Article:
The true defenders of democracy are those who don’t give up the fight
PUBLISHED: 16:43 24 February 2017 | UPDATED: 17:01 24 February 2017
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British democracy has been an inspiration round the globe. Now it is time to defend it.
One of the toughest charges to answer for those of us who voted against triggering Article 50 is that of being anti-democratic.
If we respected democracy, so the argument runs, we would just shut up and enact the will of the 51.9%, without question or constraint. It’s the argument that many Labour colleagues have made to me when explaining their decision to reluctantly trigger Brexit, and I fully respect their motives and the good faith in which they hold this view. But I respectfully disagree, because in this democrat’s opinion it is our democracy itself, our British, liberal democracy, that is as much at risk under Brexit as is the economic security of our country.
It’s now twenty years since the American journalist, Fareed Zakaria, first coined the term “illiberal democracy”. He used it to describe the rise of states from across the globe where democracy, free elections and majority rule, were taking hold, but without the counter-weights of the rule of law – the separation of powers, the freedom of speech and the press – that are necessary to protect the rights of individuals and minorities from the tyranny of the majority faction. The need for those checks and balances in any democracy has been understood for several centuries, a shared understanding across the Atlantic, from Madison to Rousseau.
They are what make us liberal or constitutional democracies, in which the right of the dissenting minority, whether it’s 4.8% or 48%, to representation and free expression is not just tolerated but celebrated, as the very hallmark of our democratic freedom.
Zakaria’s observation that many emerging states were democratising without these essential checks and balances was accompanied by a warning that governments in our older, liberal democracies might soon tire themselves of the hard work of forging consensus from division and succumb, instead, to the easy charms of populist policies, “in the name of the people”, but not necessarily in their interest.
Of course, it would be Trumpian hyperbole to suggest that Brexit Britain has become an “illiberal democracy” overnight. But when our Government accuses the independent judiciary of “unacceptably frustrating the will of the people”, or threatens to abolish the reforming chamber if they propose any reforms, then our liberal democracy is certainly under challenge. And true democrats have to rally to its aid.
Just as we must rally to respect the rights of the 16 million who voted to remain. A minority, yes, but only just. And with an unarguable, inalienable, right to speak in the debate and to expect consideration from their government. Their voices must be heard and their concerns respected, not shouted down with threat and bombast. The principle of majority rule does not by itself constitute democracy and a pure, populist majoritarianism cannot simply overrule the protections built over generations in our parliamentary democracy. Parliament can be informed and advised by the direct, democratic expression of a referendum, but we cannot be absolved of one of our duties to act in the national interest, or to give voice to the minority.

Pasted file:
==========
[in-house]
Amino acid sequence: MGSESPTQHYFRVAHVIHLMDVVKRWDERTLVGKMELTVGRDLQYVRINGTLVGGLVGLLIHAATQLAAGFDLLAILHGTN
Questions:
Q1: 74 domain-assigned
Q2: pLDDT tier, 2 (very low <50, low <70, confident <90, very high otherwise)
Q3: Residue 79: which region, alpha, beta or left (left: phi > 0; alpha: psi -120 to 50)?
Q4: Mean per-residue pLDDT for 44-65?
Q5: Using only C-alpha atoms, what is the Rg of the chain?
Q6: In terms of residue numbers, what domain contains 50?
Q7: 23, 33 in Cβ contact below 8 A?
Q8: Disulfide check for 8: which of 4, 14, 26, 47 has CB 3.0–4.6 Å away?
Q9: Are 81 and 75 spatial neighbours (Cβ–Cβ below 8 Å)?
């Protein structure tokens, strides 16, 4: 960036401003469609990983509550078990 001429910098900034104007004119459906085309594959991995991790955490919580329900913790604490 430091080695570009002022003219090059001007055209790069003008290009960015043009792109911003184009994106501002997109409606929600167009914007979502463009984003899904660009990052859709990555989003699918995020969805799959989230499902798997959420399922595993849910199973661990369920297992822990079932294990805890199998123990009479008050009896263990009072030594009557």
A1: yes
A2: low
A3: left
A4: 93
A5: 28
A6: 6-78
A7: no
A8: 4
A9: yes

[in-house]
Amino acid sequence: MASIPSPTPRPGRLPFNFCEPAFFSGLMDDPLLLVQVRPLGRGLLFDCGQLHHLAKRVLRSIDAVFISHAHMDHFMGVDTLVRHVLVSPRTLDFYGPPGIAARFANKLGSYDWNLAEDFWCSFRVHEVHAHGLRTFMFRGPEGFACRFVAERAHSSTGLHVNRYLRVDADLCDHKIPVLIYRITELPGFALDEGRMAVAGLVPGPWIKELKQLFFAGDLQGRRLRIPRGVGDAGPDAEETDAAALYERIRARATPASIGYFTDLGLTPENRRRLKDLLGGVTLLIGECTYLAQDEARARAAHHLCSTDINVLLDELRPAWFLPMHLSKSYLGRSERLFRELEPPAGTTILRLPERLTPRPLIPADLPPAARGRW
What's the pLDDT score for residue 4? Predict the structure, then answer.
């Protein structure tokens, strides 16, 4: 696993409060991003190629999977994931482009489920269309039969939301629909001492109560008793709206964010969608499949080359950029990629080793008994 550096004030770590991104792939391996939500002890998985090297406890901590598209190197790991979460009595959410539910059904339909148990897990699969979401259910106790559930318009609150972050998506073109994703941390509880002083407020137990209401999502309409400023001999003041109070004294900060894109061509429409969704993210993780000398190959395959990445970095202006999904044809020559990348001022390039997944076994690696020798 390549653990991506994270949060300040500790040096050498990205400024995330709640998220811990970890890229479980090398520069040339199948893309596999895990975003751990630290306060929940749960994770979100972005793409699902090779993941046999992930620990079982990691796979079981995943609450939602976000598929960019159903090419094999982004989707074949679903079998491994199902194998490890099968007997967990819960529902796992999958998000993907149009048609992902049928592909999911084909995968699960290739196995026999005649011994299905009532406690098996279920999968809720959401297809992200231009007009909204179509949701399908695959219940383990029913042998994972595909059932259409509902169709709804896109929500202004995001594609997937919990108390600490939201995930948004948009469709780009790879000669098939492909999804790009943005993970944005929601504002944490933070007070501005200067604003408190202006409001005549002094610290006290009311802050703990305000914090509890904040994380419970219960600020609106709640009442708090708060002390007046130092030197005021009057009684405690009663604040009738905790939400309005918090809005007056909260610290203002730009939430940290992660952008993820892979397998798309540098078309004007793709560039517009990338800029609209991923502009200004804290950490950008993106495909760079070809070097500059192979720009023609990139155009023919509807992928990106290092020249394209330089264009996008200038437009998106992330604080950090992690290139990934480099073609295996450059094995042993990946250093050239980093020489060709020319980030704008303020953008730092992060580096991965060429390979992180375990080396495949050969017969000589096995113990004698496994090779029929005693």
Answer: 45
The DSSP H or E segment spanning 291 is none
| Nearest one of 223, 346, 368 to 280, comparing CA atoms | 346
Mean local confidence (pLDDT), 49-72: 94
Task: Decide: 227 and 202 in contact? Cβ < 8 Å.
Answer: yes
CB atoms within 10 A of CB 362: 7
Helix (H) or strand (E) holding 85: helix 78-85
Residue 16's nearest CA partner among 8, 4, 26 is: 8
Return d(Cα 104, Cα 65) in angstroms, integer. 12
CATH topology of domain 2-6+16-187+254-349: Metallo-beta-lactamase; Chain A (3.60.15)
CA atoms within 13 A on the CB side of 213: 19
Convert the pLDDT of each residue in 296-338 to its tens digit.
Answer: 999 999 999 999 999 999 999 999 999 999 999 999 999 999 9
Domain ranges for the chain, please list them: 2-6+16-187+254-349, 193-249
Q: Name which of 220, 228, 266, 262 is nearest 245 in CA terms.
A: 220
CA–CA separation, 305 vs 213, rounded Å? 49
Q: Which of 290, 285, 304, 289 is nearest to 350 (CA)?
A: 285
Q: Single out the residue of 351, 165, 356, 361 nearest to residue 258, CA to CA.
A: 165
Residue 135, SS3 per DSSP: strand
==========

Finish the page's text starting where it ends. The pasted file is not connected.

In practice that means that throughout the passage of the Brexit Bill, in the Lords this week and back at the Commons for March 13, we must continue to ask questions of the Government: about the impact on trade and free movement and free speech. But our task will not be finished when the Bill is passed. Though its grudging two paragraphs, dragged through the courts, were a perfect example of our Government flirting with illiberal democracy, the Great Repeal Bill that will follow them should, by contrast, be a paragon of patriotic and democratic challenge, as the 80,000 pages of EU legislation, on everything from workers’ rights to environmental standards, are considered for adoption in our own statutes.
The Government says, of course, that they will all be adopted, lock, stock and barrel, and be ready for when we leave. But they also say we’ll have a trade deal after Brexit with the “exact same benefits” as we have as part of the single market, and not even David Davis can surely believe that fantasy might come true.
So our task will be to check every jot and comma, to fight for every right and to call out every loss. We must challenge every dodgy promise and point to every benefit we’re missing out on as Europe reforms and advances. Whether it’s the cheaper and more secure energy that will emerge from a single market for its supply, or the EU clamp down on tax havens that the British people will be “protected from” by Brexit, our job will be to point to what we could have won, and what we still might lose.
In doing so, we should stand tall, not as deniers of democracy, but in its defence. Defenders of the liberal, British democracy that has been an inspiration to so many societies across the world, and which we must now safeguard for our own.
Owen Smith is the Labour MP for Pontypridd and one of 52 of his party’s MPs to vote against the Brexit bill